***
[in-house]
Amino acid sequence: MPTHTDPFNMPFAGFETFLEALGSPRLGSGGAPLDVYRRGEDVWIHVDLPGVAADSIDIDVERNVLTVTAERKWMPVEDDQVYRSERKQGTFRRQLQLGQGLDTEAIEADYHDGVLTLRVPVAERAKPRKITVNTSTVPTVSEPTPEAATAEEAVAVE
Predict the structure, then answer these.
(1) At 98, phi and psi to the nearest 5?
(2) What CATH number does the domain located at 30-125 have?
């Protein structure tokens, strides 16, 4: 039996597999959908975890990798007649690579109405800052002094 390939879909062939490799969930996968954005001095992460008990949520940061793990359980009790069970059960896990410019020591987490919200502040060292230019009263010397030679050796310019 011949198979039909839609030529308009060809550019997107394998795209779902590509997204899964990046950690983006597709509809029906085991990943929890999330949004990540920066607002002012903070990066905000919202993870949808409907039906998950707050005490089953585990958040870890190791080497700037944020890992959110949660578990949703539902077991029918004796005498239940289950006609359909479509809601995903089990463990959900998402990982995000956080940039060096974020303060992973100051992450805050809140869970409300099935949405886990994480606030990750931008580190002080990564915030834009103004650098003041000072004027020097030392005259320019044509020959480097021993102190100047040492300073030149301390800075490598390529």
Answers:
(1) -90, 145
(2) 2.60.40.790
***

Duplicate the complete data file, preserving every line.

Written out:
[in-house]
Amino acid sequence: MPTHTDPFNMPFAGFETFLEALGSPRLGSGGAPLDVYRRGEDVWIHVDLPGVAADSIDIDVERNVLTVTAERKWMPVEDDQVYRSERKQGTFRRQLQLGQGLDTEAIEADYHDGVLTLRVPVAERAKPRKITVNTSTVPTVSEPTPEAATAEEAVAVE
Predict the structure, then answer these.
(1) At 98, phi and psi to the nearest 5?
(2) What CATH number does the domain located at 30-125 have?
């Protein structure tokens, strides 16, 4: 039996597999959908975890990798007649690579109405800052002094 390939879909062939490799969930996968954005001095992460008990949520940061793990359980009790069970059960896990410019020591987490919200502040060292230019009263010397030679050796310019 011949198979039909839609030529308009060809550019997107394998795209779902590509997204899964990046950690983006597709509809029906085991990943929890999330949004990540920066607002002012903070990066905000919202993870949808409907039906998950707050005490089953585990958040870890190791080497700037944020890992959110949660578990949703539902077991029918004796005498239940289950006609359909479509809601995903089990463990959900998402990982995000956080940039060096974020303060992973100051992450805050809140869970409300099935949405886990994480606030990750931008580190002080990564915030834009103004650098003041000072004027020097030392005259320019044509020959480097021993102190100047040492300073030149301390800075490598390529």
Answers:
(1) -90, 145
(2) 2.60.40.790